Detailed Chapter Summary Chapter 23, The Respiratory System
23.1 Overview of the Respiratory System (p. 633) The respiratory system enables the blood to exchange gases with the air; serves for vocalization; provides a sense of smell; regulates blood pH; produces a hormone that regulates blood pressure; and creates pressure gradients that aid in the flow of lymph and blood and in expelling the contents of some abdominal organs.
The conducting division of the respiratory system consists of the nose, pharynx, larynx, trachea, bronchi, and most bronchioles; it serves only for airflow.
The respiratory division consists of respiratory bronchioles, alveoli, and other distal gas-exchange regions of the lungs.
The upper respiratory tract consists of the respiratory organs of the head and neck, extending from the nose through the larynx. The lower respiratory tract consists of the respiratory organs of the thorax, including the trachea, bronchi, and lungs.
23.2 The Upper Respiratory Tract (p. 634) The nose serves to warm and cleanse inhaled air, detect odors, and amplify the voice.
The nose extends from the nostrils to the posterior nasal apertures. The facial part of the nose is shaped by the maxillae, nasal bones, and the lateral and alar cartilages.
The nasal septum consists of the perpendicular plate of the ethmoid bone superiorly, the vomer inferiorly, and the septal nasal cartilage anteriorly. It divides the interior of the nose into right and left nasal fossae. The roof of the nasal cavity is formed by parts of the ethmoid and sphenoid bones, and the floor by the hard palate.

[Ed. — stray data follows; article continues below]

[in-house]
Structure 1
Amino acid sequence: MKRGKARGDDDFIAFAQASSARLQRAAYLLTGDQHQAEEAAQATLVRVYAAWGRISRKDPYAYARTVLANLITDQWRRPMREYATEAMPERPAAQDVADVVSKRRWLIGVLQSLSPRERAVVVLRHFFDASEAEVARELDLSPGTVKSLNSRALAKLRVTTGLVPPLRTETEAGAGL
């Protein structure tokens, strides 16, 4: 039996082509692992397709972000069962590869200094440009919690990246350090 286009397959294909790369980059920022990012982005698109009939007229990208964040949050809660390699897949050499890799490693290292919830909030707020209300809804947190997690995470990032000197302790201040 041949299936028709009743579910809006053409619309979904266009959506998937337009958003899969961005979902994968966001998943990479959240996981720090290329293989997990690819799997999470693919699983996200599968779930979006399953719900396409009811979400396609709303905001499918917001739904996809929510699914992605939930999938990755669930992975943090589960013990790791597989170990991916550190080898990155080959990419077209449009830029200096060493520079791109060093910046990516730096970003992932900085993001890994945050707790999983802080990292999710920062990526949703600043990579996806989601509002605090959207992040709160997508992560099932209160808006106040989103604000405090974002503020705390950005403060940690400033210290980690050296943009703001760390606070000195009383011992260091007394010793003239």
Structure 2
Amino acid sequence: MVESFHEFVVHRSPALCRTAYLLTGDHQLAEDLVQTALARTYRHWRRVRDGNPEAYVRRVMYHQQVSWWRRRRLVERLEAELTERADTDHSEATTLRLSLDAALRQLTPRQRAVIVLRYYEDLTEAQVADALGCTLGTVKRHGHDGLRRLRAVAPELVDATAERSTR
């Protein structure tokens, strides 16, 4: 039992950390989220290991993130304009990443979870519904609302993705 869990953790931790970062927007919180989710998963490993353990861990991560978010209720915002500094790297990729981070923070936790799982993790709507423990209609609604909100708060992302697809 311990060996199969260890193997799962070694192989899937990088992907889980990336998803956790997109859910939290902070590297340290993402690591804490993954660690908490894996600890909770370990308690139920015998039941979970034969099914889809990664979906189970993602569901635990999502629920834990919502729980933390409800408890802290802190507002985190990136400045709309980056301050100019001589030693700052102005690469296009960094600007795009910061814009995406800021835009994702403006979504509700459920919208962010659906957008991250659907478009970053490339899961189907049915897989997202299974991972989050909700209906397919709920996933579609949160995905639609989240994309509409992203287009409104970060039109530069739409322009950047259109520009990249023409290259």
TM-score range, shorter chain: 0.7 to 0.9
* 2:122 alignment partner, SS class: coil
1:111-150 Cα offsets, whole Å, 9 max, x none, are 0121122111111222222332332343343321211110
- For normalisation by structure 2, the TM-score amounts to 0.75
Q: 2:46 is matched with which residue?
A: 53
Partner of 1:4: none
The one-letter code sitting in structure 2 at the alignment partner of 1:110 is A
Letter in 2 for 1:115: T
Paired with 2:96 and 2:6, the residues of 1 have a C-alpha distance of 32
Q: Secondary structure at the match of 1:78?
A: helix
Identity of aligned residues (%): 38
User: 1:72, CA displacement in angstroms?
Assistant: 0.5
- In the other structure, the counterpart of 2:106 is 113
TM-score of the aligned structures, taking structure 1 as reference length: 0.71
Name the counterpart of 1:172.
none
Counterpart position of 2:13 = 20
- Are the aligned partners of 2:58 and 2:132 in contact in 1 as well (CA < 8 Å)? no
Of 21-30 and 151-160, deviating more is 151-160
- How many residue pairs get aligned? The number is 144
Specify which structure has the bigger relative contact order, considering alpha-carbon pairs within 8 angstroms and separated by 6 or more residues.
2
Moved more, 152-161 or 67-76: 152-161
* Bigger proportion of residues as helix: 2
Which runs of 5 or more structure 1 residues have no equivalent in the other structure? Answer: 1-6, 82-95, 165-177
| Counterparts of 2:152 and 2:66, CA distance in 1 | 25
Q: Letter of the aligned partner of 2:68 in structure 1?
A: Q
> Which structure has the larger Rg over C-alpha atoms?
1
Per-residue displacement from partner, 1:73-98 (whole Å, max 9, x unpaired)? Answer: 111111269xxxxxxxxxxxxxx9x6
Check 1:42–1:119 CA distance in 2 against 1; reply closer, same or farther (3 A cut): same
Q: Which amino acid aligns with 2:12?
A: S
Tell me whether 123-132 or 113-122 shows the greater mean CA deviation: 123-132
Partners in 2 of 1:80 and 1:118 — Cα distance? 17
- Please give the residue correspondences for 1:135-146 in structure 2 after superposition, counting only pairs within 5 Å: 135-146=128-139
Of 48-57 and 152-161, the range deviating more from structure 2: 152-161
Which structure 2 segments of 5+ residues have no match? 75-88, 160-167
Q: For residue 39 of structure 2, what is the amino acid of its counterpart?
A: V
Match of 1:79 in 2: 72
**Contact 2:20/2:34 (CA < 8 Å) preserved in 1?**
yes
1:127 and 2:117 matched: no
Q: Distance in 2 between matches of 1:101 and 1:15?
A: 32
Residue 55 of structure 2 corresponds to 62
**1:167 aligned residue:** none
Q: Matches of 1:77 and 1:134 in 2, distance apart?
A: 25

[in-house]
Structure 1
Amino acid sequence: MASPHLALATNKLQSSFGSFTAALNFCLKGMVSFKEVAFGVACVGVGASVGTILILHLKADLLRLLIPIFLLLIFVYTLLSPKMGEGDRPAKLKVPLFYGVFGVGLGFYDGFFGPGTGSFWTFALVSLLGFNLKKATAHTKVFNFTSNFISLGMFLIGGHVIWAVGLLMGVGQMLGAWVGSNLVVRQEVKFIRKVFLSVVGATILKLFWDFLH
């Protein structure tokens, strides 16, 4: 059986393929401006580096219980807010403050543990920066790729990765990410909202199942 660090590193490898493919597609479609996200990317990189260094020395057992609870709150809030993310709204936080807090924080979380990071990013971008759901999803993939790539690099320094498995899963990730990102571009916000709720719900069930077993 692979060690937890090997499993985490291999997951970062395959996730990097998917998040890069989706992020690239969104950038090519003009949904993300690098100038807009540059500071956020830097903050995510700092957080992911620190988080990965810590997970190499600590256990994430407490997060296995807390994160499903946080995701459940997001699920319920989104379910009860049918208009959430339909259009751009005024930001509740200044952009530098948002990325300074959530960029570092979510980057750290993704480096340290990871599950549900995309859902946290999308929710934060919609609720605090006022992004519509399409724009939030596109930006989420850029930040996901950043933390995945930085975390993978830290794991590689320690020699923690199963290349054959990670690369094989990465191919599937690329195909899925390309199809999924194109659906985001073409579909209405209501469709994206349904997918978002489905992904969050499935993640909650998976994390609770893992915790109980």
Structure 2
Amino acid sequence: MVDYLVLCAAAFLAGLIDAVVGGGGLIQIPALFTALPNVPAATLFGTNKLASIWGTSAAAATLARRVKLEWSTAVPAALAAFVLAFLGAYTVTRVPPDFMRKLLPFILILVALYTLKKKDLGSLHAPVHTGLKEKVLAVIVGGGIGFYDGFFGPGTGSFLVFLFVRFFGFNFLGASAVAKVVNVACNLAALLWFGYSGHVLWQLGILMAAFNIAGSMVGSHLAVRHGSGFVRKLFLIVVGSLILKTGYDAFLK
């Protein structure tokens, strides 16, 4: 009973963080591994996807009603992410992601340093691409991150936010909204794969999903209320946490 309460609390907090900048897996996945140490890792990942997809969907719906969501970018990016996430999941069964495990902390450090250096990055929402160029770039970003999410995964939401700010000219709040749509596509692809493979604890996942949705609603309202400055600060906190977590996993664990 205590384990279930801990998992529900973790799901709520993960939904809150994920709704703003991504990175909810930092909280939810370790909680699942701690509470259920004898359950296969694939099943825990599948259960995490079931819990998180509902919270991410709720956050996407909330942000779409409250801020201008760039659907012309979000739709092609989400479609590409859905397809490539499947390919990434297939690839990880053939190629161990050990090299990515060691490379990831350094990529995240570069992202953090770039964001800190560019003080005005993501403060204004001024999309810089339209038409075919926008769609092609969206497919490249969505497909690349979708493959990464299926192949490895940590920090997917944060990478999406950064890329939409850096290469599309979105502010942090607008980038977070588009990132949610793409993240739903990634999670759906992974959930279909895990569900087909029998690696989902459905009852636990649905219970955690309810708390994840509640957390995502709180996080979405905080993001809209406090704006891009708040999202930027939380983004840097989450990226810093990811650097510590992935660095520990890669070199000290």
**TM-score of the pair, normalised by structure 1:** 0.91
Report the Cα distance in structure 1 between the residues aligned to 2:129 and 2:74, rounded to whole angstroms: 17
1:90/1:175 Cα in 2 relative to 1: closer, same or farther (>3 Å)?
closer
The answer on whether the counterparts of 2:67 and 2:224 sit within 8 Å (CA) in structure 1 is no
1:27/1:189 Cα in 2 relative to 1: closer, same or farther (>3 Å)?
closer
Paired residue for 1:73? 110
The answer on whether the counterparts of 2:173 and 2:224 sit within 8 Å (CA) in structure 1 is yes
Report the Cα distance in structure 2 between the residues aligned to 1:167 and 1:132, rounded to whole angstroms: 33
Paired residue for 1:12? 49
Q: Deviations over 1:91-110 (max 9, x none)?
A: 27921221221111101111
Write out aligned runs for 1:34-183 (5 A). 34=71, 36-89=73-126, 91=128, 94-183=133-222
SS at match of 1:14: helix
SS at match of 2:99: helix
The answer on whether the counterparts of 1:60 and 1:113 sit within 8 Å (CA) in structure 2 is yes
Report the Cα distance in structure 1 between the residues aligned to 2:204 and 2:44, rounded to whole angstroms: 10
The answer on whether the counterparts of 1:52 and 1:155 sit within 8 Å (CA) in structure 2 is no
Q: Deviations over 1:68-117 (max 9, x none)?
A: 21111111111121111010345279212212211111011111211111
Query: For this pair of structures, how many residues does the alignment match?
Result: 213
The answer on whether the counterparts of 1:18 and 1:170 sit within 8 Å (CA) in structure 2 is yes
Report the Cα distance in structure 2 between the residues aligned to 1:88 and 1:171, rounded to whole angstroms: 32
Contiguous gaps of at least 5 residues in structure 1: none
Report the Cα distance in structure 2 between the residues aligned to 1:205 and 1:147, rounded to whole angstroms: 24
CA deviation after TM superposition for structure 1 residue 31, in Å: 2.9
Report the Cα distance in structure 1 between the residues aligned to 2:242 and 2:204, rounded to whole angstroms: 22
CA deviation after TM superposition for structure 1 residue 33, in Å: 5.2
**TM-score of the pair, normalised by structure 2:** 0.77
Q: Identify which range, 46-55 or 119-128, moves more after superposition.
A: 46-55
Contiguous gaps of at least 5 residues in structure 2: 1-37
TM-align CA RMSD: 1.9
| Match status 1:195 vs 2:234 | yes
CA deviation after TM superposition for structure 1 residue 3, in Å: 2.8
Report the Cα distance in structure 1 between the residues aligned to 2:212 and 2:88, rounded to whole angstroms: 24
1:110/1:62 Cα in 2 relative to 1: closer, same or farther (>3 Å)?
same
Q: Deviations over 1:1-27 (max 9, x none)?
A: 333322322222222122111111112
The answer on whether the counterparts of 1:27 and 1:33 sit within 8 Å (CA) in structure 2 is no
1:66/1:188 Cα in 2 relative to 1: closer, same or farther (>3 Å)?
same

Each fossa has three scroll-like nasal conchae covered with a ciliated mucous membrane. Air flows through narrow spaces called the meatuses between the conchae. The conchae warm, humidify, and cleanse the air flowing over them.
The nasal cavity is lined with a sensory olfactory epithelium high in each fossa, and with a ciliated pseudostratified respiratory epithelium throughout the rest of the cavity. The respiratory epithelium traps airborne particles in its mucus and propels the mucus to the pharynx to be swallowed. The respiratory epithelium is well endowed with goblet cells, which produce mucus.
Erectile tissues of the inferior nasal concha swell and shrink, usually in one fossa at a time, to periodically shift airflow from one fossa to the other. This allows the less-ventilated fossa a chance to periodically recover from drying.
The pharynx is a muscular passage divided into nasopharynx, oropharynx, and laryngopharynx.
The larynx is a cartilaginous chamber beginning superiorly at the glottis and ending about 4 cm lower at the trachea. It is supported by nine cartilages bound to each other by intrinsic ligaments; two extrinsic ligaments attach the larynx to the hyoid bone above and the trachea below. The nine cartilages are solitary median epiglottic, thyroid, andcricoid cartilages, and paired arytenoid, corniculate, and cuneiform cartilages. The larynx has a pair of superior vestibular folds that exclude food and drink from the airway, and a pair of inferior vocal cords that function in speech. Extrinsic muscles of the larynx help to close it during swallowing, and its intrinsic muscles operate the vocal cords during speech.